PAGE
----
January 20th, 2008

Chris Keeley

Song to Bobby,” the one new song on Cat Power’s “Jukebox” (Matador), is a fan letter from a fairly w

Song to Bobby,” the one new song on Cat Power’s “Jukebox” (Matador), is a fan letter from a fairly well-known songwriter, Chan Marshall (a k a Cat Power), to a major one, Bob Dylan, about their missed chances to meet.

Eric Schlegel for The New York Times

Cat Power has a new album of cover tunes.
Rock Cantankerousness and Other Moods

Cat Power

“Song to Bobby,” the one new song on Cat Power’s “Jukebox” (Matador), is a fan letter from a fairly well-known songwriter, Chan Marshall (a k a Cat Power), to a major one, Bob Dylan, about their missed chances to meet. It’s the conceptual key to her second album devoted to other people’s songs; they’re quietly assertive as well as admiring. “Jukebox” funnels many sources into Cat Power’s moodiness: forlorn, forsaken and restless. She finds it in songs as initially diverse as “New York, New York,” Joni Mitchell’s “Blue,” the blueswoman Jessie Mae Hemphill’s “Lord, Help the Poor and Needy” and her own “Metal Heart.” Unlike the sparse, haunted solo recordings of “The Covers Record” in 2000, “Jukebox” uses a band: a roots-rock lineup that’s fond of Southern soul and the Rolling Stones. It plays at measured tempos, simplifies chords to keep things bluesy and gives her space to waft her vocals into the songs. Although she and the band regularly played these songs on tour, they’re loose and deliberately wispy, sung with a diffidence suggesting that not even Cat Power is sure where her wanderings lead. She doesn’t outdo the originals. Instead, like a fan, she claims them by pondering them.
Chris Keeley

Surge to Nowhere" by Andrew Bacevich--WashPost 1/20/08

Surge to Nowhere
Don't buy the hawks' hype. The war may be off the front pages, but Iraq is broken beyond repair, and we still own it.

By Andrew J. Bacevich
Sunday, January 20, 2008; B01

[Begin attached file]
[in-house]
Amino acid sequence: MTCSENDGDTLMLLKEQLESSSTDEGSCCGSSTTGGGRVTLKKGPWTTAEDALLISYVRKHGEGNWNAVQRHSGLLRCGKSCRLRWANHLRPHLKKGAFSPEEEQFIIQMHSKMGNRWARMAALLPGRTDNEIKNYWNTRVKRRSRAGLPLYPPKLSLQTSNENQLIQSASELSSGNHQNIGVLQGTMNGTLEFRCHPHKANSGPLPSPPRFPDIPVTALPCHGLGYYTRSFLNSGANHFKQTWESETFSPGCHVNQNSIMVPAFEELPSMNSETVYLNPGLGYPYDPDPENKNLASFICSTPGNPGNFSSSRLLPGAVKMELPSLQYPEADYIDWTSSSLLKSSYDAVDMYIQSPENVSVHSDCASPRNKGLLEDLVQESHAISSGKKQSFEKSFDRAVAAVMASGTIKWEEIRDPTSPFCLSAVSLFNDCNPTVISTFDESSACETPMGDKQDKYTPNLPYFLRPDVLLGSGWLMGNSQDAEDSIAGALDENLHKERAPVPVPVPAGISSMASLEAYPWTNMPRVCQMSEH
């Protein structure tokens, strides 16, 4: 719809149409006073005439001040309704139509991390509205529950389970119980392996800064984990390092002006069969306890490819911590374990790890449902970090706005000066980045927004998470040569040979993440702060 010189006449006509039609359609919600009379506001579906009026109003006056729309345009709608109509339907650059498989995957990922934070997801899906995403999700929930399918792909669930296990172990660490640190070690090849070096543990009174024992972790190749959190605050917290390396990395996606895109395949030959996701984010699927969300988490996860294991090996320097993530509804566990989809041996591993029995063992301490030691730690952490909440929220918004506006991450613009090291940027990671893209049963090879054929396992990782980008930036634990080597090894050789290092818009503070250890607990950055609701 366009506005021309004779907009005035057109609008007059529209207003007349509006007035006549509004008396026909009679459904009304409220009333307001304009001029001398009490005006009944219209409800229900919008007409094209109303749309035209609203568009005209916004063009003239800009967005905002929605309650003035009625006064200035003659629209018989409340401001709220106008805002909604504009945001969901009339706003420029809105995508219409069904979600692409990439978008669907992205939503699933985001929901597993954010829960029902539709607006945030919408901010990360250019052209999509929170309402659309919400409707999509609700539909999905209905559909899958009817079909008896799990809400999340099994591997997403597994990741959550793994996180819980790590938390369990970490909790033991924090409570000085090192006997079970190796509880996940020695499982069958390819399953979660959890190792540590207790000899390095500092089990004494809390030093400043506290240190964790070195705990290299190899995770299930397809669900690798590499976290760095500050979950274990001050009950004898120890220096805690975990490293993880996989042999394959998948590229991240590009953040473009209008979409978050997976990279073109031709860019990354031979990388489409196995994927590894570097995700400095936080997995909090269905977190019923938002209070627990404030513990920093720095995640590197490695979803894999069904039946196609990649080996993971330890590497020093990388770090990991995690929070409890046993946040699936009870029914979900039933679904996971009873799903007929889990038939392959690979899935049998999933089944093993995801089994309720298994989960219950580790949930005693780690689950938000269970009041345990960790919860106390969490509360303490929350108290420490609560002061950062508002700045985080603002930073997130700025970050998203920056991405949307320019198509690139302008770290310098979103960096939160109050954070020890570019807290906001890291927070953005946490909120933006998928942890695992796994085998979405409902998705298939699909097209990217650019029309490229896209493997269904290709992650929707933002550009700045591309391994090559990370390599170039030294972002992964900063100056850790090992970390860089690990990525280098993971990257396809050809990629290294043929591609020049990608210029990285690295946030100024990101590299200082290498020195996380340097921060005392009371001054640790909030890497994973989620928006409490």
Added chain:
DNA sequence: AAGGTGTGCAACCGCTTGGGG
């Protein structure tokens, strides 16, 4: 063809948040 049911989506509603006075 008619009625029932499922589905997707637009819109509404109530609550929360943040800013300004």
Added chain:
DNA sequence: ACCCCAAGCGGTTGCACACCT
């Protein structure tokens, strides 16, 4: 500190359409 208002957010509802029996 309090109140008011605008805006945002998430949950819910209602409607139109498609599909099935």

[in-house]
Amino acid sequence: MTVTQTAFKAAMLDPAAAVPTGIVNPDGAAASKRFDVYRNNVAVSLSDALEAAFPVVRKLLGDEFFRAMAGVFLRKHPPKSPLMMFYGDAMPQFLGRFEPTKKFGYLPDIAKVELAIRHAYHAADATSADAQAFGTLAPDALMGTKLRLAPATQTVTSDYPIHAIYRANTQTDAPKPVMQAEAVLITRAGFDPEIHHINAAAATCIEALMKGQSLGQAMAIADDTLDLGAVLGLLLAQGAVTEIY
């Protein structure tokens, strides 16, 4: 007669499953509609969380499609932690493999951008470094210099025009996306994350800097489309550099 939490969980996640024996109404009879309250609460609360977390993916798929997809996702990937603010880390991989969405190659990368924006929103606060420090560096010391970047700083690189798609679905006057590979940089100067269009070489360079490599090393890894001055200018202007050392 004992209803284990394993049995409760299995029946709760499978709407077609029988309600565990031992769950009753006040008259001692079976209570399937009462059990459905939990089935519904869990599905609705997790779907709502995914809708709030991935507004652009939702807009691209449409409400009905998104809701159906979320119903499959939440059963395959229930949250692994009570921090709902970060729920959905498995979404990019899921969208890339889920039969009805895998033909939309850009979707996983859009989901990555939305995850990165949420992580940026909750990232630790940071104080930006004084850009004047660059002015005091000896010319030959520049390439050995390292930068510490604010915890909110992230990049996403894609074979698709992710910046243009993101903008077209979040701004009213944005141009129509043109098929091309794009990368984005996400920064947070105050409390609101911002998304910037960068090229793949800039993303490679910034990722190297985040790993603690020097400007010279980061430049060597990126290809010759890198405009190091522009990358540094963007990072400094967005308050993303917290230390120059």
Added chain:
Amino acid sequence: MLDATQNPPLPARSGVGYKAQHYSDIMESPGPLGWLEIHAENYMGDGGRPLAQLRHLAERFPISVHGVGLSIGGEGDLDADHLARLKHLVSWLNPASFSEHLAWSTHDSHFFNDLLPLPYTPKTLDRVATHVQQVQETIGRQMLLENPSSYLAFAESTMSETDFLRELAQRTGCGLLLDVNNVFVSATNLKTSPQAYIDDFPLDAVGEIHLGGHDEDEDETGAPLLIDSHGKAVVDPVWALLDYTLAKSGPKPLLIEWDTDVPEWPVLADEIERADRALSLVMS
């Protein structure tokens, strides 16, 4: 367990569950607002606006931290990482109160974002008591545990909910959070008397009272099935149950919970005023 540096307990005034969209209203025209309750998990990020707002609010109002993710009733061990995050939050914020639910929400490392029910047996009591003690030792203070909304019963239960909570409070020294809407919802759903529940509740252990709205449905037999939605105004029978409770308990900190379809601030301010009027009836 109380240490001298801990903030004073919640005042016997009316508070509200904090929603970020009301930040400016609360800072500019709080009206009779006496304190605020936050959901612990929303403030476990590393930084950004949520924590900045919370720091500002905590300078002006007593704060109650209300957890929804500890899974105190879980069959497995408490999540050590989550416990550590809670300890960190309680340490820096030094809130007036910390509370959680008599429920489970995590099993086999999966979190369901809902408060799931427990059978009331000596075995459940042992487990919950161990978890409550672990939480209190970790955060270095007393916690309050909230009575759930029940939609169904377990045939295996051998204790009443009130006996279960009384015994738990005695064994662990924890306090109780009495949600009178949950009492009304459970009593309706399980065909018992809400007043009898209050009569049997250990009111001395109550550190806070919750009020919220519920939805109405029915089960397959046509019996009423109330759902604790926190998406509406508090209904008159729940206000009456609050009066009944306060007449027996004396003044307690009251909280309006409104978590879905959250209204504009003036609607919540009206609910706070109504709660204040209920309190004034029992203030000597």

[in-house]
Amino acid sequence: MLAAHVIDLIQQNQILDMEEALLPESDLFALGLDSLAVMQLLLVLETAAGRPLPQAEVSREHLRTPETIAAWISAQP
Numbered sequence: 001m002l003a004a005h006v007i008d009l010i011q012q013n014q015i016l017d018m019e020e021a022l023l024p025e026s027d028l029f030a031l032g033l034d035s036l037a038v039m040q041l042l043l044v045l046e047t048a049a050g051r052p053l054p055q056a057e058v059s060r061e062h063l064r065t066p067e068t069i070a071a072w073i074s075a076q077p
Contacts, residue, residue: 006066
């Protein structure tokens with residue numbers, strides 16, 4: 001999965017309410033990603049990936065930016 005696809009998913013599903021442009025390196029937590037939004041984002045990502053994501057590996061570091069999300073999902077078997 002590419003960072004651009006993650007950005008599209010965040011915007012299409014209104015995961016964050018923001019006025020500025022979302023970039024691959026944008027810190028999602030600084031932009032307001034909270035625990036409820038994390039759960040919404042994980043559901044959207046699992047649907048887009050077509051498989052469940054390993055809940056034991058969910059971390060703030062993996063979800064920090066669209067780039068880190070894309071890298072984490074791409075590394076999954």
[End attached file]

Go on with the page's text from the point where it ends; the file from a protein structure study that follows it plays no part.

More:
As the fifth anniversary of Operation Iraqi Freedom nears, the fabulists are again trying to weave their own version of the war. The latest myth is that the "surge" is working.

In President Bush's pithy formulation, the United States is now "kicking ass" in Iraq. The gallant Gen. David Petraeus , having been given the right tools, has performed miracles, redeeming a situation that once appeared hopeless. Sen. John McCain has gone so far as to declare that "we are winning in Iraq." While few others express themselves quite so categorically, McCain's remark captures the essence of the emerging story line: Events have (yet again) reached a turning point. There, at the far end of the tunnel, light flickers. Despite the hand-wringing of the defeatists and naysayers, victory beckons.
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Chris Keeley

New York Times Report on Gaza by Isabel Kershner--1/20/08

I am circulating this mainstream press news item for two reasons: (1) the very rare and strongly-worded statements by a UN official, John Dugard, hardly ever included in a NYTimes report on this issue; and (2) the report that the Rafah crossing has been closed since June (with one exception) and that the EU observers have been gone since then as well. Israel only "covered" that crossing with observation cameras, I believe. The crossing is between Egypt and Gaza; Israel is not there territorially. Why Egypt has not allowed this to be a major crossing point for the Palestinians boggles the mind (and spirit). Because weapons and money might be "smuggled" across there? Give me a  break! They need tunnels? I guess so. Thanks very much, Egypt. As Shakespeare wrote (Antony and Cleopatra): "I am dying, Egypt, dying."

January 20, 2008
Israeli Airstrike in Gaza Kills 2 Hamas Members

JERUSALEM — An Israeli airstrike killed two members of the Hamas military wing in the northern Gaza Strip early on Saturday, and three Qassam rockets fired by militants from Gaza landed in and around the Israeli border town of Sderot, causing no casualties.

The Israeli Army said another airstrike was aimed at a vehicle carrying weapons in northern Gaza early on Saturday, but no casualties were reported, and that a small ground force entered Gaza and arrested four armed Hamas militants, taking them to Israel for questioning.

The relative calm followed four days of heightened violence during which 39 Palestinians, including at least six civilians, were killed by Israeli fire, hospital officials in Gaza said.

The Israeli military said its actions were aimed at distancing "terrorist organizations, particularly Hamas," from the border fence, and at reducing rocket fire into Israel. More than 130 rockets were fired at Israel since Tuesday, the army said, with about half landing in Israel.
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